How does Uptaste compare to a traditional sampling program?

In a traditional tasting, you might have a great brand ambassador or a not-so-great brand ambassador. From a consistency standpoint, [with Uptaste], a video plays on loop so the consumer gets the same message delivered to them every time. And a lot of feedback we’ve received is that it's hard to find good staff and keep them. Chances are the person you’re hiring to promote your product doesn’t care about your product, doesn’t know about your product, and might not even like your product. So, what they share with the consumer might be the wrong information or it might be something you don’t want them to share.

The product that comes out of the machine in the exact same every time: the sizing, the taste and the temperature you want your product to be tasted at. In addition, we’re able to offer samples 24/7 or whenever stores are open. So, brands can reach consumers who grocery shop at 3 p.m. on a Tuesday, for example, whereas typically that consumer would not see a sample in store. Traditionally, you might only have a brand ambassador on Friday evenings, or the 10 a.m. to 4 p.m. window on Saturdays and Sundays. 

READ: Negative in-store experiences could cost food, retail brands

What’s your response to those who might think automated sampling is just one more area of our lives where we’re losing the human touch?

Our target market is innovators and there’s not an age for innovators. You can be an innovator at eight years old or 90 – it’s really the mindset of a person who is looking for something new and willing to try something new.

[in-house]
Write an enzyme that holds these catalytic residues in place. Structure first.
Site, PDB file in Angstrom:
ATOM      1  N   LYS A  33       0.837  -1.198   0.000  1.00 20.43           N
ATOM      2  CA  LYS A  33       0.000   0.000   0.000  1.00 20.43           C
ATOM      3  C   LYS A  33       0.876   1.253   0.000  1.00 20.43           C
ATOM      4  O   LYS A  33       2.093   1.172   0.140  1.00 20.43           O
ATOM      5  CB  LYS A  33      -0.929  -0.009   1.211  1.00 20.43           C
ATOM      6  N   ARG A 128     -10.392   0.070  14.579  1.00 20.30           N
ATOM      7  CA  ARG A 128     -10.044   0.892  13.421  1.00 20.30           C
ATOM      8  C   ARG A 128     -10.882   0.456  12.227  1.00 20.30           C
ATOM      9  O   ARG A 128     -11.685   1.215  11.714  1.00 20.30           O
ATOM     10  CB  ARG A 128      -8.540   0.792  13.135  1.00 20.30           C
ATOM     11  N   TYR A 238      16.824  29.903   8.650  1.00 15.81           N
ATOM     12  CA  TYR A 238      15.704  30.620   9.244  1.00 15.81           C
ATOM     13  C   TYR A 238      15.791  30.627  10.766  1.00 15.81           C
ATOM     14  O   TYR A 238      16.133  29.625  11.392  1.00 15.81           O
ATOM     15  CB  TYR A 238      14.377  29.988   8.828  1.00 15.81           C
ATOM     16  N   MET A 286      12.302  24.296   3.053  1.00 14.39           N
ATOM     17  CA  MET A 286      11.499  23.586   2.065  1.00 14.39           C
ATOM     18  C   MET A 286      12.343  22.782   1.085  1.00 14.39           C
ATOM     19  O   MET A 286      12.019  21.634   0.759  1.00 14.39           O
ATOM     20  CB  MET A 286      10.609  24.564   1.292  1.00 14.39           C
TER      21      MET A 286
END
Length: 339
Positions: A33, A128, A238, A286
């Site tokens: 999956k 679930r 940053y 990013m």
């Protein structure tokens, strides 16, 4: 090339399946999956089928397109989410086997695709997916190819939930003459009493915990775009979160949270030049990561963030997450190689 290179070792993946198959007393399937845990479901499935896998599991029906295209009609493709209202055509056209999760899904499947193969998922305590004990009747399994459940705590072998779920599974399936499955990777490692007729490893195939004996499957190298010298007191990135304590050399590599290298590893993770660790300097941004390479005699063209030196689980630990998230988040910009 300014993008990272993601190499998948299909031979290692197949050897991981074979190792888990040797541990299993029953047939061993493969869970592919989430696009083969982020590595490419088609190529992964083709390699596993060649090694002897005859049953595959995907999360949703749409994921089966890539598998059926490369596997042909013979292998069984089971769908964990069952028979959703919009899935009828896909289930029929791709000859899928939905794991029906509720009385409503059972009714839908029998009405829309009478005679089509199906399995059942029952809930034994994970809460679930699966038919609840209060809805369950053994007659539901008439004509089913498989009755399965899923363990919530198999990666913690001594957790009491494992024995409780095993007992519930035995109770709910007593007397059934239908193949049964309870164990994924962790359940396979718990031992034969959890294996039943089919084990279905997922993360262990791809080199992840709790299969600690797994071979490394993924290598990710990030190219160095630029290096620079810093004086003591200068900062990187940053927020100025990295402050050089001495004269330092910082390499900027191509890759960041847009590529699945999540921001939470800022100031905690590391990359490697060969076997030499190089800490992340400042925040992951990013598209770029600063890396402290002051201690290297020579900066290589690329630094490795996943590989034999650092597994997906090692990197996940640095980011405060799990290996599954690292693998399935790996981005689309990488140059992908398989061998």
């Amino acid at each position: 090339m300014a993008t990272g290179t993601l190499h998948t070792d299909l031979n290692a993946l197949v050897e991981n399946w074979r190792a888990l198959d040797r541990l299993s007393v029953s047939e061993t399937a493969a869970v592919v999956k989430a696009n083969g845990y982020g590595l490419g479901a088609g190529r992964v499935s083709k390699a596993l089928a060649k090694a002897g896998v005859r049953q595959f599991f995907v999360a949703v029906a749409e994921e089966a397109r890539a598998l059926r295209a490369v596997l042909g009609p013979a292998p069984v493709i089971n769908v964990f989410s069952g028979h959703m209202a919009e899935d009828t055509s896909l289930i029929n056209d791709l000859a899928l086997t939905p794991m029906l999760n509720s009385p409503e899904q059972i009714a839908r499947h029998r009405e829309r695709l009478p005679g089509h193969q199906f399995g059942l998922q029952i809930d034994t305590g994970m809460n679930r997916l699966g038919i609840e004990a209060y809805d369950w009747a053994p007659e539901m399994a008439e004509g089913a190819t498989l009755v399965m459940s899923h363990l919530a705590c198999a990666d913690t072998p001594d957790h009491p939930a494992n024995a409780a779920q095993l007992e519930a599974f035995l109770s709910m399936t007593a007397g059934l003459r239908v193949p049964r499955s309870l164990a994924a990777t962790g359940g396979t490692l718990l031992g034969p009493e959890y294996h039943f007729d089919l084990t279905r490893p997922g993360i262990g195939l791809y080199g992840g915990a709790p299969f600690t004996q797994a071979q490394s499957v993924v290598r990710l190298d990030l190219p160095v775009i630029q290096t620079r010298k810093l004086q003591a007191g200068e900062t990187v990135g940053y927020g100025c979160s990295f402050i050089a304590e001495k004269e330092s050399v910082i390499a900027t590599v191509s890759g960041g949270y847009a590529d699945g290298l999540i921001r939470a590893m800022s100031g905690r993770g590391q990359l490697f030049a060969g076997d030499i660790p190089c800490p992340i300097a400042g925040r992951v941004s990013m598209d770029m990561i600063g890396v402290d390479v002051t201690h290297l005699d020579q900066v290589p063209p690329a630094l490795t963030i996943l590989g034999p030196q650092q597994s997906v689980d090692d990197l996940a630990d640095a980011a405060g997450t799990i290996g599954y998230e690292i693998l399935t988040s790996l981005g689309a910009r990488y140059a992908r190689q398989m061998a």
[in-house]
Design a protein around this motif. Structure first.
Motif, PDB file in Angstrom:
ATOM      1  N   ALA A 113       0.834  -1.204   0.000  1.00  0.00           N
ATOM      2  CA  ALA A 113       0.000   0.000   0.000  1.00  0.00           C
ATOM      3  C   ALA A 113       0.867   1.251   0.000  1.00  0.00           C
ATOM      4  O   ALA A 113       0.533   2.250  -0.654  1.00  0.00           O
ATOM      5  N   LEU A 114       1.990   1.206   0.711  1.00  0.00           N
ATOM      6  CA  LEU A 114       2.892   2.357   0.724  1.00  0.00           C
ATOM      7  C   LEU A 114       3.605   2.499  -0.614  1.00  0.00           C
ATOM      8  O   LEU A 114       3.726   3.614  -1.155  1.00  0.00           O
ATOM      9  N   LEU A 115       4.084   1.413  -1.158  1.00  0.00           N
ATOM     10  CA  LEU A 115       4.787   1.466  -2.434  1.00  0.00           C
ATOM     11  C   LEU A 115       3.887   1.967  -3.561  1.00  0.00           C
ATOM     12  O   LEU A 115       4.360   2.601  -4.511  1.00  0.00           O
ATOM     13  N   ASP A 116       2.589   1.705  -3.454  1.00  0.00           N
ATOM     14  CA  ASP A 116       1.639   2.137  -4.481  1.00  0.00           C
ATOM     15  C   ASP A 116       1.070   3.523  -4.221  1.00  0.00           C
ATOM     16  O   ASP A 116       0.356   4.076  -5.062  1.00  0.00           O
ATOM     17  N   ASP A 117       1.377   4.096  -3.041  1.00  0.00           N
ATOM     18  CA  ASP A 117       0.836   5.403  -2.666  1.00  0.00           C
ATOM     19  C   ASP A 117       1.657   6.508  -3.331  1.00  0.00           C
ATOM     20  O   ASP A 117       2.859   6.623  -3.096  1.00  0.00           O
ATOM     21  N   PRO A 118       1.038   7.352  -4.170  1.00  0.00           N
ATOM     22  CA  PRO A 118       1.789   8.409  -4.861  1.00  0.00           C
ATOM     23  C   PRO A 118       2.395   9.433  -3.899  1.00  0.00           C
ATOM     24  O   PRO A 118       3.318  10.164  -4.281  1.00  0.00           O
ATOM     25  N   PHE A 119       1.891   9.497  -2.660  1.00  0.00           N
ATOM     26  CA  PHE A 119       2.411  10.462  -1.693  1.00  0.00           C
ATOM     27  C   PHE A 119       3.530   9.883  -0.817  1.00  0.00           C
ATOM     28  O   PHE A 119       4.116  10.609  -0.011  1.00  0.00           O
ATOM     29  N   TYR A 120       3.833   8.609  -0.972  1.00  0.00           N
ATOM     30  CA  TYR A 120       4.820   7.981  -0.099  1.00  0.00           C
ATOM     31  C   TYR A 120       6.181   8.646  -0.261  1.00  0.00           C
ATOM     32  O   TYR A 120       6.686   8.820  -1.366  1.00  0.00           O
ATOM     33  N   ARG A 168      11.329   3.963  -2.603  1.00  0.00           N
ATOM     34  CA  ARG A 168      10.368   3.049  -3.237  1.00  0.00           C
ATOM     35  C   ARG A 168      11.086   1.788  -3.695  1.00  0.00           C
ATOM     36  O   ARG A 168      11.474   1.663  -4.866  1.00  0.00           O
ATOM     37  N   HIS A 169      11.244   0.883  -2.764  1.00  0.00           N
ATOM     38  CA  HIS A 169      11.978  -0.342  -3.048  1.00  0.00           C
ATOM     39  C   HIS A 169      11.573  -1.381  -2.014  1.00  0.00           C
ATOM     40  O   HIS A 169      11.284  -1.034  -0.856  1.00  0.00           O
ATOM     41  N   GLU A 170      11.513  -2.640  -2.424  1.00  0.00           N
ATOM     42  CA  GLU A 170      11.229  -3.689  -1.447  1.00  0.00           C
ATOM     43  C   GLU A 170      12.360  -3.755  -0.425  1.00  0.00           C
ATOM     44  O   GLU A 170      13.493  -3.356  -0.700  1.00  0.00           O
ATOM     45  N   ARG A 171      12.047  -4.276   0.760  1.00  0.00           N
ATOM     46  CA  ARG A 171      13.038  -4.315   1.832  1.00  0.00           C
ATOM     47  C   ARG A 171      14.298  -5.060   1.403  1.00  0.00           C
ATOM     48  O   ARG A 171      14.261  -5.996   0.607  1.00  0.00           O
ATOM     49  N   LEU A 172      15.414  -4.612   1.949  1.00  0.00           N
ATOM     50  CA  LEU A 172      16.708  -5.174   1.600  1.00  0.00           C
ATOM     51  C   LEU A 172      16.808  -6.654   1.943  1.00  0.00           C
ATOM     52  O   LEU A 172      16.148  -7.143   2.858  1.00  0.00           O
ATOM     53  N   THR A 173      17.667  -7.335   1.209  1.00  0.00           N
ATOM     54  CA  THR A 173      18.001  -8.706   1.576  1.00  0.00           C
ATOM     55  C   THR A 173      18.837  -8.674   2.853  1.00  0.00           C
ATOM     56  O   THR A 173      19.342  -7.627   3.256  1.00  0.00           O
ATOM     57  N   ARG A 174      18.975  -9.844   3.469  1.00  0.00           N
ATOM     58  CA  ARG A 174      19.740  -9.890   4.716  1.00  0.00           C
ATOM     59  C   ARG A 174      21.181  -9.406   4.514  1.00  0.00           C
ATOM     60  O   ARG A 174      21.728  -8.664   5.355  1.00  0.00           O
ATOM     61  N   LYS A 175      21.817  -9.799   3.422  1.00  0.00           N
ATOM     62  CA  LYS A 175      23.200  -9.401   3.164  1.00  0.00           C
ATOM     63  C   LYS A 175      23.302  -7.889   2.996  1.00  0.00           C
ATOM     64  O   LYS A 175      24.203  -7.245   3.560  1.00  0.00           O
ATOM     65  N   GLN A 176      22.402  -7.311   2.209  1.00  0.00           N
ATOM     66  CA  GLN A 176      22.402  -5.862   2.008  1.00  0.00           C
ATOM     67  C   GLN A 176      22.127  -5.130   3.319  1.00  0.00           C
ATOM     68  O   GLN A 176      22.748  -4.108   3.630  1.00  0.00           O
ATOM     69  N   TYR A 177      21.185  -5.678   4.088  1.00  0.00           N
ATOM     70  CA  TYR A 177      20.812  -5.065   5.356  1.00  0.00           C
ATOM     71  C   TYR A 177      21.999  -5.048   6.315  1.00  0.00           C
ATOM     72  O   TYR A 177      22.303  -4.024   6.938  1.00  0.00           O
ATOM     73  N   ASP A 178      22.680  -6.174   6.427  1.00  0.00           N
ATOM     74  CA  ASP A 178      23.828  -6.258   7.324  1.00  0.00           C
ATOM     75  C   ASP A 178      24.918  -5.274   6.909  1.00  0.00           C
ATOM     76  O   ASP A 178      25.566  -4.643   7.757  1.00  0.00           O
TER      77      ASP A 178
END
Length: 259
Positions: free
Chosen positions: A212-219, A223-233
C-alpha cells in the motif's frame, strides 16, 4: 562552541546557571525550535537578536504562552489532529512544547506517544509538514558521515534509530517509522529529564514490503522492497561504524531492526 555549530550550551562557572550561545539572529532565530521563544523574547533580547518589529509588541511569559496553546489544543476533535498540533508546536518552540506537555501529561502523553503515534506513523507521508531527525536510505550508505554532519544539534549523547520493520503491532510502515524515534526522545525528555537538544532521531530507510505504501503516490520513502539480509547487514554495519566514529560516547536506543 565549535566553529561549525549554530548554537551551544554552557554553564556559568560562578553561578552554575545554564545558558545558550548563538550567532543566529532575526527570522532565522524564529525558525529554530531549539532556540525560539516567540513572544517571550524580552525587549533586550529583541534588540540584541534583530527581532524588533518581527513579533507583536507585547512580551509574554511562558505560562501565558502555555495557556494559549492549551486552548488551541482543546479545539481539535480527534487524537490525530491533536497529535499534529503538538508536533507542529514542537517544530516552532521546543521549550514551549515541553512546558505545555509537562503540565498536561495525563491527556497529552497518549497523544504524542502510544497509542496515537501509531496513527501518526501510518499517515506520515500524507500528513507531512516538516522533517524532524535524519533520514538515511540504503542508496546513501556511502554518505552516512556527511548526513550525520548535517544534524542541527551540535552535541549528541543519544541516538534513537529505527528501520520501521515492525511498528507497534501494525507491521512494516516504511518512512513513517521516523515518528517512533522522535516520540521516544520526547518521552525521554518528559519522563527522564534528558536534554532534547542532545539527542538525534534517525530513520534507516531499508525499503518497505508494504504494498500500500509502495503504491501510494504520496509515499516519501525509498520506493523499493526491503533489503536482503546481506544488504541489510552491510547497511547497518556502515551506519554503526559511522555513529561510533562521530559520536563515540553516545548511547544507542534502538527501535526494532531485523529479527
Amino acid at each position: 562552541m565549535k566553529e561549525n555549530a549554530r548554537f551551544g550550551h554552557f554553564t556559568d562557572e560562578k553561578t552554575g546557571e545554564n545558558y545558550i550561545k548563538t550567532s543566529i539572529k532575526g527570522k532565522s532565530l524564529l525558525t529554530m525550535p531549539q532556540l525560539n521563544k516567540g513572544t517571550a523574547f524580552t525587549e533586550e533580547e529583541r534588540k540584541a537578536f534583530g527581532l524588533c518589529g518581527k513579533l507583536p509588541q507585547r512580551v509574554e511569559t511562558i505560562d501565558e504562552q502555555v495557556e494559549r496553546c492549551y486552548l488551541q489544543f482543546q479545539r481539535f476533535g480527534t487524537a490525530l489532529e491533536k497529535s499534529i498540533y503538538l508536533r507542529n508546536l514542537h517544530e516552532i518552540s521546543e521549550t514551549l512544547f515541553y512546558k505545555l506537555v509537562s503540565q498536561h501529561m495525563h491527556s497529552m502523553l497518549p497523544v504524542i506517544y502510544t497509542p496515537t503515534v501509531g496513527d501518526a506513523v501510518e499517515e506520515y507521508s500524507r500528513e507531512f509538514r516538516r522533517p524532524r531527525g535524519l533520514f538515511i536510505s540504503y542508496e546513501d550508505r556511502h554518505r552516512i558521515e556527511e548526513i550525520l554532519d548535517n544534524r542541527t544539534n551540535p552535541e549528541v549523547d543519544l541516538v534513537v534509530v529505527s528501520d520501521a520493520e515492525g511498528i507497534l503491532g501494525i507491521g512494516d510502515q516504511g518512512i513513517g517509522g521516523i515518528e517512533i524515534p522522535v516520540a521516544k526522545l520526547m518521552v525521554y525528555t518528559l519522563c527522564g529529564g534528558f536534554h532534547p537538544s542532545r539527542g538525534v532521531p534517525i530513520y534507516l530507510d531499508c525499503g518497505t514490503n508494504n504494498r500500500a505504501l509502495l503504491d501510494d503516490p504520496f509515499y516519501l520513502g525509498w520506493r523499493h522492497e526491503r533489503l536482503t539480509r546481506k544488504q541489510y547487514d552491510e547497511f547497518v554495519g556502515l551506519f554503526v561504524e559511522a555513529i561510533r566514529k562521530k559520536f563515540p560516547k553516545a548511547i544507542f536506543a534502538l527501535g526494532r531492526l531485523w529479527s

Photography courtesy Uptaste

What are your growth plans?

The plan is to have 23 machines in the Montreal region by mid-summer and continue to grow in Montreal and Quebec with 100 to 150 machines the following year in this region. From there, we’ll look to the Ontario market and then across Canada, with the goal of having 1,500 to 2,000 machines in the next couple of years. We are looking to partner with retailers that are willing to take risks and are passionate about their consumers and innovation… You can be status quo and move the needle slightly every single year. But if you want to take a leap and push that edge, then you have to be willing to take a risk and be passionate about innovation. 

READ: Global grocery: News and ideas from the world of food retail

Do you see an eventual end for human samplers and sampling will all be automated? 

Yes. The goal in our roadmap is to expand into frozen samples, so we’ll be able to do ice cream and popsicles, for example. We also want to sample hot items, whether it’s chicken wings or hot teas and coffees. So absolutely, when we cover those next two verticals, we’ll be able to replace in-store sampling 100%. And for us, it’s taking those jobs that are hard to fill and creating new jobs, for example, people delivering samples to the stores for us, or client success reps, or co-packers in our facility. So, it’s not removing jobs from the market at all. It’s creating new jobs in other areas.

There’s no shortage of innovation happening in the food industry. From fresh retail concepts to avant-garde products, Canadian Grocer is putting the spotlight on the people and businesses moving the industry forward in our new series, The Innovators. Have a pitch? Send your submissions to digital editor Jillian Morgan